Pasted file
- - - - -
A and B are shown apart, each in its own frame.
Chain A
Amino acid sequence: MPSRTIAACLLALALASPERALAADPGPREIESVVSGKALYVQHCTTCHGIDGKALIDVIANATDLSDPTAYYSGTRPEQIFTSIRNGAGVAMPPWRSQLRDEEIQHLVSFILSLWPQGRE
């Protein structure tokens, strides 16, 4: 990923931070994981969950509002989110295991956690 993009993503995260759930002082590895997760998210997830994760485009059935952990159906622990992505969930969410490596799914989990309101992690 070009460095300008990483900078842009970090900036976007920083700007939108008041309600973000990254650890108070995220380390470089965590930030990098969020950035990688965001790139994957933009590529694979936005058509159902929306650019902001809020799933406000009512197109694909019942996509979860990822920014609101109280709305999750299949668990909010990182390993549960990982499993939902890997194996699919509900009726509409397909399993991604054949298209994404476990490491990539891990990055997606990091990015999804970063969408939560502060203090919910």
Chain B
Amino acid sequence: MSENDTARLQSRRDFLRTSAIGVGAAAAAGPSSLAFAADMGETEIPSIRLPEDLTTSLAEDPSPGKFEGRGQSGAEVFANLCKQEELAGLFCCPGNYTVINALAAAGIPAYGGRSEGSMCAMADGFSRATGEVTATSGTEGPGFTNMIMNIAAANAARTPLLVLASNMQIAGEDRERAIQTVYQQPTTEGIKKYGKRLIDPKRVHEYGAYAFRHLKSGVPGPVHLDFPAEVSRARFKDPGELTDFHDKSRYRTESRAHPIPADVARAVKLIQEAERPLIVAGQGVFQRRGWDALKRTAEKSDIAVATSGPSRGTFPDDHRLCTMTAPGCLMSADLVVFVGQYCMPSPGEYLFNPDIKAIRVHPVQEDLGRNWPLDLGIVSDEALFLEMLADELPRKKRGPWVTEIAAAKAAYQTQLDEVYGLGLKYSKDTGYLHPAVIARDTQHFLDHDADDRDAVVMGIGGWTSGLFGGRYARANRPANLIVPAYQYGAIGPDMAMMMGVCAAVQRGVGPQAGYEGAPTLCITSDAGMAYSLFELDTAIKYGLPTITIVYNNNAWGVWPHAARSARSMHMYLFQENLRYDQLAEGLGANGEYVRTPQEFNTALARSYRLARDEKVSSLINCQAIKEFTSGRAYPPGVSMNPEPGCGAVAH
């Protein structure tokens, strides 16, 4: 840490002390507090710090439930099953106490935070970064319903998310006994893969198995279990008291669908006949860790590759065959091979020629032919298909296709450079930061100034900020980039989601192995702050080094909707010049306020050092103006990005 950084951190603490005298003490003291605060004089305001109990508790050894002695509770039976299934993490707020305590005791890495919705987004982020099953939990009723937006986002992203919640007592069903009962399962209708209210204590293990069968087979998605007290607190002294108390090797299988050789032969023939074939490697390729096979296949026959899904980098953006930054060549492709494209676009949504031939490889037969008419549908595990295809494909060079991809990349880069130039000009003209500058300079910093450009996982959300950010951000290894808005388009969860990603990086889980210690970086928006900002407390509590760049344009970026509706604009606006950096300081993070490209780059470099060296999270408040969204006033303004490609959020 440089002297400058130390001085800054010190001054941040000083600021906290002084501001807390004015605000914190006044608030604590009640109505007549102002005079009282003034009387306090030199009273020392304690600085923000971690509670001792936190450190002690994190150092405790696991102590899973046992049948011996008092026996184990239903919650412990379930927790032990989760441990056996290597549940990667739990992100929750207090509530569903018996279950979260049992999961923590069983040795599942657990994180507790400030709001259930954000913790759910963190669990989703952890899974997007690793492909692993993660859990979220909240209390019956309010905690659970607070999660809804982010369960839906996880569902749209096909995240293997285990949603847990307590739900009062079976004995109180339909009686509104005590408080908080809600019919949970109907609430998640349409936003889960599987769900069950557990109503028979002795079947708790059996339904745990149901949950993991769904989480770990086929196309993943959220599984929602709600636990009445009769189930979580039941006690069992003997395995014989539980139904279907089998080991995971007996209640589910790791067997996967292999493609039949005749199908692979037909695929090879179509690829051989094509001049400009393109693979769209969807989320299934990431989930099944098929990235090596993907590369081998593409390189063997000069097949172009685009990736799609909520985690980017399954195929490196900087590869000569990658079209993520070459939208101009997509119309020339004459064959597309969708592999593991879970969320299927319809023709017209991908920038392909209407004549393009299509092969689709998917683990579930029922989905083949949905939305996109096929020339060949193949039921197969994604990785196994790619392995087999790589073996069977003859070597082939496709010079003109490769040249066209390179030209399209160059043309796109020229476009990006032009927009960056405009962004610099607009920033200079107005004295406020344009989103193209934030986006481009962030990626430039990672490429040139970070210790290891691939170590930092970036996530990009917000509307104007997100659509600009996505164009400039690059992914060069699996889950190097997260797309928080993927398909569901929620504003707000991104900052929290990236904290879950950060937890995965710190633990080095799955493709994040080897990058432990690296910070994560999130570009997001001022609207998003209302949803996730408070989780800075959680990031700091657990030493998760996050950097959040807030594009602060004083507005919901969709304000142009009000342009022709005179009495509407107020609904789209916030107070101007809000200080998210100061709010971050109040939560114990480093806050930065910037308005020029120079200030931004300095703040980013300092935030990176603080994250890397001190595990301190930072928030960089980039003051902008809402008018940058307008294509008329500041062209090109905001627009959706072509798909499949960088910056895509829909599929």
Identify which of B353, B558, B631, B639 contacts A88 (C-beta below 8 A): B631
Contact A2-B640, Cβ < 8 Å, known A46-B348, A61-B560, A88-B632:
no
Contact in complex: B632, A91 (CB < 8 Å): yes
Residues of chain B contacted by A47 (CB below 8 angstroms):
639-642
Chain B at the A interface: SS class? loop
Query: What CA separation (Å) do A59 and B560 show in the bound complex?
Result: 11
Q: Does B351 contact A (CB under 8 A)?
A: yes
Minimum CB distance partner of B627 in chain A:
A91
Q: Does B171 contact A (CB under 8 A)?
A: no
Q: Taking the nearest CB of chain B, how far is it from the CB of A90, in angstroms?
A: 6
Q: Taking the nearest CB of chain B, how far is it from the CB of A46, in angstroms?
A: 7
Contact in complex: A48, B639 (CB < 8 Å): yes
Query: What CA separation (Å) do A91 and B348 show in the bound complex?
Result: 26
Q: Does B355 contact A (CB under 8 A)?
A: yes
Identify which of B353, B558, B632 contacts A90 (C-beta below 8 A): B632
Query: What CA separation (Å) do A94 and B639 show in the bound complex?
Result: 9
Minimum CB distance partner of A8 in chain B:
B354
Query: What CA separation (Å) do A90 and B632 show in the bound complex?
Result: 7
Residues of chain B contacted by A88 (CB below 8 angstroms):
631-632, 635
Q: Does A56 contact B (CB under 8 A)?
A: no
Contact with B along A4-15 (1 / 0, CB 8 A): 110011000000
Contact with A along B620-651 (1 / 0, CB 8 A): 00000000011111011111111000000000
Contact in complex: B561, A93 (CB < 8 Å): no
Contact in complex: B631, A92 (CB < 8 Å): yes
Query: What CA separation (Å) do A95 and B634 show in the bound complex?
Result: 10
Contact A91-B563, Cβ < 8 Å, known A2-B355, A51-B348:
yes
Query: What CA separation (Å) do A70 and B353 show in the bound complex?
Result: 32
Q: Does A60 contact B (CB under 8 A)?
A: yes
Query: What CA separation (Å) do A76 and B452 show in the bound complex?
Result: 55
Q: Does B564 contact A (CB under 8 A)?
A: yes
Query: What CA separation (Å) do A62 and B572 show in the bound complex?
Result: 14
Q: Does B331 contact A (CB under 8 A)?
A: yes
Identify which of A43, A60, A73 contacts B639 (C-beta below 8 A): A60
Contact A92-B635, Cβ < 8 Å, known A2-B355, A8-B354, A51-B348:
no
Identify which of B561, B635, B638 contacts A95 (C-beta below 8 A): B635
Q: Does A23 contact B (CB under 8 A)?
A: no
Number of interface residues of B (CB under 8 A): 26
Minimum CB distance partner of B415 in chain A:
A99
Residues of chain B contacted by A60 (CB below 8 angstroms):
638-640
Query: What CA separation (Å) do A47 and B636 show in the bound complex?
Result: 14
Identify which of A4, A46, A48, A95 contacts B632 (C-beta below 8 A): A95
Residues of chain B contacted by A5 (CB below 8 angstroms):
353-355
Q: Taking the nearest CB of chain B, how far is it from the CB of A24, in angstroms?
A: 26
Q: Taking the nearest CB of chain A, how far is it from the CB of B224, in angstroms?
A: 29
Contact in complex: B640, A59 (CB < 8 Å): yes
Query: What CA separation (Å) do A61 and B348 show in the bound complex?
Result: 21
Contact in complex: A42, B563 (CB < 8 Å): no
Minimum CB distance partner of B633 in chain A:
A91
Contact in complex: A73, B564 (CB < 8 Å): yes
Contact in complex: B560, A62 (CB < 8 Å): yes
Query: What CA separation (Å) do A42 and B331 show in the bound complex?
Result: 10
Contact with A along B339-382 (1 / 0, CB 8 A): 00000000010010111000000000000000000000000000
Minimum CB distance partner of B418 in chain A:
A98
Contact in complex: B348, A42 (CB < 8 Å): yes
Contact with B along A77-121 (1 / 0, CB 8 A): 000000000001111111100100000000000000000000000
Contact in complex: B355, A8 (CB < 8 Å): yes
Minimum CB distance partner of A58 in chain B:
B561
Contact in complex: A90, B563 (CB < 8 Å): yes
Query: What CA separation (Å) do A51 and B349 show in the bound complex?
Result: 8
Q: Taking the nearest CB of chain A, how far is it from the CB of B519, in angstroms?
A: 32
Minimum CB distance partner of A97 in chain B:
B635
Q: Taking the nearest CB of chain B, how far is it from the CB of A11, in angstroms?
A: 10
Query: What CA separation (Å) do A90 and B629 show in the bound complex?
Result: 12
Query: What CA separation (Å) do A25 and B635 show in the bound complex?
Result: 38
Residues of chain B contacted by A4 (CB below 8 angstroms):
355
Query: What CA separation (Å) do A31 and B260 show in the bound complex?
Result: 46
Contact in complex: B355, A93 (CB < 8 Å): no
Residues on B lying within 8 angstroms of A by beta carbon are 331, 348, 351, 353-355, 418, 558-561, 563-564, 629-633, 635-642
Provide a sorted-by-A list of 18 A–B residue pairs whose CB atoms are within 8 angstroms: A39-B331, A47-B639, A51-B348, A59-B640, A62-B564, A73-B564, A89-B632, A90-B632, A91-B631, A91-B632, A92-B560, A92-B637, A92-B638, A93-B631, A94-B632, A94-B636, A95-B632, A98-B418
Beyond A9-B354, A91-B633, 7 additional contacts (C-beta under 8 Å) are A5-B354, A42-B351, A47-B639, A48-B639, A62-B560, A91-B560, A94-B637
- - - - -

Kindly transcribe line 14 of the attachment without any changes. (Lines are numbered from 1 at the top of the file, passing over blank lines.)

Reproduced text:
Chain B at the A interface: SS class? loop